| Questions to Consider
Leonardo's Notes on the Cosmos
Leonardo da Vinci
If we consider only his artistic achievements, Leonardo da Vinci
(1452-1519), places in the first rank of notable figures from
the Italian Renaissance. When we delve into his private notebooks,
Leonardo stands out as one of the greatest thinkers in Western
history. Not intended for publication and inscribed in a mirror-image
hand, his notes include drawings, designs, and speculations covering
an extraordinary range of topics and ideas. As a scientist, Leonardo
leaned toward mechanics, not surprising from one of the foremost
engineers of his time. Various fantastic machines, such as the draft
for his "helicopter," capture the imagination of modern students. The
notebooks also display his fascination with natural phenomena, such
as properties of light, the age of trees, birds in flight, and human
anatomy. As we see below, his wide-ranging interests also included
the heavens. Untrained in any formal, scholastic sense on the topic,
Leonardo challenged accepted notions about the nature of the universe
a generation before Polish mathematician Nicolaus Copernicus
(1473-1543) upset ancient and medieval norms.
Questions to Consider
Demonstration that the Earth is a Star
Whom is Leonardo arguing against in this passage? Why does he
seem so irritated?
How do these notes represent a synthesis of observation and
In your discourse you must prove that the earth is a star much
like the moon, and the glory of our universe; and then you must treat
of the size of various stars according to the authors.
The sun does not move.
The sun has substance, shape, motion, radiance, heat, and
generative power: and these qualities all emanate from it without its
Praise of the Sun
The sun has never seen any shadow.
If you look at the stars without their rays (as may be done by
looking at them through a small hole made with the extreme point of a
fine needle and placed so as almost to touch the eye), you will see
these stars to be so minute that it would seem as though nothing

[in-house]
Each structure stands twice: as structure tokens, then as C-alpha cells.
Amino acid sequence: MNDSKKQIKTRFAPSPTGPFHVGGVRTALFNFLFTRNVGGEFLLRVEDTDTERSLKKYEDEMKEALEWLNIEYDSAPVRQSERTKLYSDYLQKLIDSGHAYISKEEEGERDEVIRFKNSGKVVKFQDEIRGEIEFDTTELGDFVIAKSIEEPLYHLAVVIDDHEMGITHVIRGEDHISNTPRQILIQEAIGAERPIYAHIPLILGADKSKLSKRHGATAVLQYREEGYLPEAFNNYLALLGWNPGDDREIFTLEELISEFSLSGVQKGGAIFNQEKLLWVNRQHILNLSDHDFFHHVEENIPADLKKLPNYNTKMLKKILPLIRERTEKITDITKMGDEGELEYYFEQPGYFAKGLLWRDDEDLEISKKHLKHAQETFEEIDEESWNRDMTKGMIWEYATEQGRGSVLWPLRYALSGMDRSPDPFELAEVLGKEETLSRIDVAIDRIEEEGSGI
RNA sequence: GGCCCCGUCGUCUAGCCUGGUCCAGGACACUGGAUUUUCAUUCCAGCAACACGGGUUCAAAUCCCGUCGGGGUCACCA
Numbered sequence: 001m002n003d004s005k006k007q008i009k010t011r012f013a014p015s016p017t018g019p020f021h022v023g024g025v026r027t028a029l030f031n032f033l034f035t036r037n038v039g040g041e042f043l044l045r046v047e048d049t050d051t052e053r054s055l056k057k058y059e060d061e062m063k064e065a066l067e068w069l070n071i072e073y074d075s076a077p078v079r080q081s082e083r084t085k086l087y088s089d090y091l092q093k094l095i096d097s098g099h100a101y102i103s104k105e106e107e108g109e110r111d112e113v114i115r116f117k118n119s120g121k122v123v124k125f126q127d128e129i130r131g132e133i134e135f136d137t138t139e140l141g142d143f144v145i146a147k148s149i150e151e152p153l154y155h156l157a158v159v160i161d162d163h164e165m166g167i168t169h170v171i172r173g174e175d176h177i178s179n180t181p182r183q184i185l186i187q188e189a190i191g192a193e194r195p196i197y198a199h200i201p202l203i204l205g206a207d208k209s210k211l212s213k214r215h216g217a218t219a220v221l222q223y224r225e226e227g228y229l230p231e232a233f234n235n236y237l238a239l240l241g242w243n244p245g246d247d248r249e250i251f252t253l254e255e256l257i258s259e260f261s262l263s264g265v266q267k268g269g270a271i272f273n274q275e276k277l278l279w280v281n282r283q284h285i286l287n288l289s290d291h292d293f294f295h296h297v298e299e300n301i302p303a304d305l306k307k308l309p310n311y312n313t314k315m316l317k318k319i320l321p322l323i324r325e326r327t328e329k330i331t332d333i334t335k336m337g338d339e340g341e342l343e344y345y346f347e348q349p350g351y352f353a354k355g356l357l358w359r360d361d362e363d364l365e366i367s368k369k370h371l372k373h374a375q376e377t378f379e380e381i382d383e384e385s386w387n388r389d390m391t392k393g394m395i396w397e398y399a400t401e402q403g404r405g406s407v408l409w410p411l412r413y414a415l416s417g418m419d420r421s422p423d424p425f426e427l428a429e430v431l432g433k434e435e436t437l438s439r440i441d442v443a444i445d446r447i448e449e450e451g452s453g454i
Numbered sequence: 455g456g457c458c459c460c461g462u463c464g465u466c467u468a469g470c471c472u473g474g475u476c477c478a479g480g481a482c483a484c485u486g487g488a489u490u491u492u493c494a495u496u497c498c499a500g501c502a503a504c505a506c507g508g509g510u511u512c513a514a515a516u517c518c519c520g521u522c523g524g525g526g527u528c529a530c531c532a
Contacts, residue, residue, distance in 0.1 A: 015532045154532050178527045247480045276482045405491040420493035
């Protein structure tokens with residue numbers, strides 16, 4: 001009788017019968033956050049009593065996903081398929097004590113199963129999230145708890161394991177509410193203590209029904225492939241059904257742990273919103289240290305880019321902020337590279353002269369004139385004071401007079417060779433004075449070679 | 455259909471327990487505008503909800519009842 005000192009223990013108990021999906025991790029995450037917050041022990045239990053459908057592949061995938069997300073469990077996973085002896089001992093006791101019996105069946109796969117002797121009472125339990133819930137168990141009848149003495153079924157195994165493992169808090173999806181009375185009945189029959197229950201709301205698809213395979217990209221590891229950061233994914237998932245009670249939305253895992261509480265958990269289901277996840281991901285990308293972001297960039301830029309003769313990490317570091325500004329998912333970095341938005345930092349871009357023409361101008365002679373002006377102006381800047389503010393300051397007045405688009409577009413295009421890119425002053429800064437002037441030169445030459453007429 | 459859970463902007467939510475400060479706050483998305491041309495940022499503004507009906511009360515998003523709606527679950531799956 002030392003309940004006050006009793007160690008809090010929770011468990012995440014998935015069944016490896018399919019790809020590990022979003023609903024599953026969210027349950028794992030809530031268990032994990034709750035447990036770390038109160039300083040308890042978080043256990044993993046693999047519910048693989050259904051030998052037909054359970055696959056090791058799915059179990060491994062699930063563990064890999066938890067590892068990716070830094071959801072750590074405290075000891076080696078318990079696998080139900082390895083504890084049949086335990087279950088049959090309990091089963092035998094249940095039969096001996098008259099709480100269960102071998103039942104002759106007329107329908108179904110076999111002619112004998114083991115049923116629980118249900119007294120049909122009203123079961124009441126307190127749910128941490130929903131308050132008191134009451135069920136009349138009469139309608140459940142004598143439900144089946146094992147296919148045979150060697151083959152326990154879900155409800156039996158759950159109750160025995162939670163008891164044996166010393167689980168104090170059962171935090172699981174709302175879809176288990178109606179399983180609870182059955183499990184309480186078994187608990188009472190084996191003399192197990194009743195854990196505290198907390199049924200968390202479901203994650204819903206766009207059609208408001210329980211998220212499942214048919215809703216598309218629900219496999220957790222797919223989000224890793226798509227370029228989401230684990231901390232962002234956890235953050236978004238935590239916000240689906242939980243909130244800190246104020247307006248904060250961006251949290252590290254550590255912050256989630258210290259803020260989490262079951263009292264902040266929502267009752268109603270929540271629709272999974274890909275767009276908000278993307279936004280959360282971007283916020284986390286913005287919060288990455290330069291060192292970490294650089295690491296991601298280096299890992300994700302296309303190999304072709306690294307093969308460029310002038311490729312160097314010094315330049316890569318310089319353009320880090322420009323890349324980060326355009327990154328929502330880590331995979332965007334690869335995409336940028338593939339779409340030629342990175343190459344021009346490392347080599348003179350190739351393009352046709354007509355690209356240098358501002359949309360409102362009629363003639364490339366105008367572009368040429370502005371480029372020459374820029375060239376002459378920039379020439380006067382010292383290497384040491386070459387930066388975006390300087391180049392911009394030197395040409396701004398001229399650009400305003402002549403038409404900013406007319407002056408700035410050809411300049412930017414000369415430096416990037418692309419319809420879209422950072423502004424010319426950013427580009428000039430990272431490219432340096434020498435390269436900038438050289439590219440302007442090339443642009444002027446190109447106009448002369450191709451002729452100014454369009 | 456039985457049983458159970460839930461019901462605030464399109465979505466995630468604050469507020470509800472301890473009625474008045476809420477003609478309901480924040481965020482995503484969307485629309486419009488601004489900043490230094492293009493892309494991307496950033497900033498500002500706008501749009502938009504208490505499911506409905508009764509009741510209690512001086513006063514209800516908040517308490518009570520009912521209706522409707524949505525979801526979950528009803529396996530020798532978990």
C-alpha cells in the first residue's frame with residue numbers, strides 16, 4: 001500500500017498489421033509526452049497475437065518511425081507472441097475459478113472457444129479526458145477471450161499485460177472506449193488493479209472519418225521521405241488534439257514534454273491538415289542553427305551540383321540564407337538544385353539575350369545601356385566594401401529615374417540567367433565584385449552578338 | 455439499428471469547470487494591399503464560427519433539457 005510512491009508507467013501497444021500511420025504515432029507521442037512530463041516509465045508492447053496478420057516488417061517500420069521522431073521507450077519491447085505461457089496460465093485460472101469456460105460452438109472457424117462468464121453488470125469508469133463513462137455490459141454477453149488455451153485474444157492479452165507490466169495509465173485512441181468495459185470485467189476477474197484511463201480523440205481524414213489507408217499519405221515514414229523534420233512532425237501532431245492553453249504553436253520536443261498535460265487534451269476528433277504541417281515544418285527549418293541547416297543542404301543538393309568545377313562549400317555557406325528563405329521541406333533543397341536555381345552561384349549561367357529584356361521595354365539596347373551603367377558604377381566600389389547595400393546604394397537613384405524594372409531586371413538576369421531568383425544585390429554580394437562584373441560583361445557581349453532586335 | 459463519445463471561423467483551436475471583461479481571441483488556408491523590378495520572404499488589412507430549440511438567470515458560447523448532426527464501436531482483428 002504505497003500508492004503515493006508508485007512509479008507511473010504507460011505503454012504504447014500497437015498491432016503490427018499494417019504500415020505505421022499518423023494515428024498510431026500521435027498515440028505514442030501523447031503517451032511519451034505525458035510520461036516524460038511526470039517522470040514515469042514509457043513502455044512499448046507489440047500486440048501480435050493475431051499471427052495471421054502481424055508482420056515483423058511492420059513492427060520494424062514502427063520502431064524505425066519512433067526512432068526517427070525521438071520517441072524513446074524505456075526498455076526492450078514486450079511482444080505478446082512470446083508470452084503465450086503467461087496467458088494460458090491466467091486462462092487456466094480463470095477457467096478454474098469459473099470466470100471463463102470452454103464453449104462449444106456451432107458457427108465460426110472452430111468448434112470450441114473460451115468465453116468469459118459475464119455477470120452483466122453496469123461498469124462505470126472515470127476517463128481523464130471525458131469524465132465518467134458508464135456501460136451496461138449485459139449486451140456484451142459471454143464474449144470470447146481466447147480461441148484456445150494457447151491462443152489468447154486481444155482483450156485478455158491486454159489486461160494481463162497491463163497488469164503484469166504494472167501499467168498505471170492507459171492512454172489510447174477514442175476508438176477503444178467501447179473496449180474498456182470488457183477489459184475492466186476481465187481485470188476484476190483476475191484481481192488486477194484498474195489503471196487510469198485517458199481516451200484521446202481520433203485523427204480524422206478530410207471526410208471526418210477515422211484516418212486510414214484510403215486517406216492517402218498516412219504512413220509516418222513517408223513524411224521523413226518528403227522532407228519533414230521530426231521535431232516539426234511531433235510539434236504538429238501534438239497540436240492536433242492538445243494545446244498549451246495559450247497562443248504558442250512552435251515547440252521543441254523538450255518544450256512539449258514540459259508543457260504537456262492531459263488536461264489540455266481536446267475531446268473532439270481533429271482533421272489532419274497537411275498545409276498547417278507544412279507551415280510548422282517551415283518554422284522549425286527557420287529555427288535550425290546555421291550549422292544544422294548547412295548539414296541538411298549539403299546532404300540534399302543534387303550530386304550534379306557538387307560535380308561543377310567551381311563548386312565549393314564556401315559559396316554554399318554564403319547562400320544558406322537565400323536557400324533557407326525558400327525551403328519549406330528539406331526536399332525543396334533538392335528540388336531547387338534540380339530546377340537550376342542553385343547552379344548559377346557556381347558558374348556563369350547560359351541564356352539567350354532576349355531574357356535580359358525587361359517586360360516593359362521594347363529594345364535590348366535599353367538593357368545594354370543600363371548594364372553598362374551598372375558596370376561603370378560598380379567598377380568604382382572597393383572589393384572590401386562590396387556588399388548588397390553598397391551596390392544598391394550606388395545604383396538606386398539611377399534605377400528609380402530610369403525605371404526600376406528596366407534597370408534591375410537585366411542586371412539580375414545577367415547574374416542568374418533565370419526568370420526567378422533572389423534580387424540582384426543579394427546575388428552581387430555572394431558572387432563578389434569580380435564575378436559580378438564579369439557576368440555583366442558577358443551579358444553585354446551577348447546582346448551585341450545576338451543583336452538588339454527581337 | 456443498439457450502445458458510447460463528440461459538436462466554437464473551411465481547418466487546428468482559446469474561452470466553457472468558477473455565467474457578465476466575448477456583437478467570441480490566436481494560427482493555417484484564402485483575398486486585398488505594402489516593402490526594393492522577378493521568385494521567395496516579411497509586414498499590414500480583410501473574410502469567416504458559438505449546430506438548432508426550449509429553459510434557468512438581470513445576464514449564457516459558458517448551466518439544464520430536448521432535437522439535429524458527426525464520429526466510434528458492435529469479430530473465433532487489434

could be smaller; it is in fact the great distance which is the
reason of their diminution, for many of them are very many times
larger than the star which is the earth with the water. Think, then,
what this star of ours would seem like at so great a distance, and
then consider how many stars might be set in longitude and latitude
between these stars which are scattered throughout this dark expanse.
I can never do other than blame many of those ancients who said that
the sun was no larger than it appears; among these being Epicurus;
and I believe that he reasoned thus from the effects of a light
placed in our atmosphere equidistant from the centre; whoever sees it
never sees it diminished in size at any distance.
But I wish I had words to serve me to blame those who would fain
extol the worship of men above that of the sun; for in the whole
universe I do not see a body of greater magnitude and power than
this, and its light illumines all the celestial bodies which are
distributed throughout the universe. All vital force descends from it
since the heat that is in living creatures comes from the soul (vital
spark); and there is no other heat nor light in the universe.
And certainly those who have chosen to worship men as gods such as
Jove, Saturn, Mars, and the like have made a very great error, seeing
that even if a man were as large as our earth he would seem like one
of the least of the stars which appears but a speck in the universe;
and seeing also that men are mortal and subject to decay and
corruption in their tombs.
[Thespera] and Marullo and many others praise the sun.
Selections from the Notebooks of Leonardo
da Vinci, ed. Irma A. Richter (Oxford, England: Oxford University
Press, 1977), 54-55.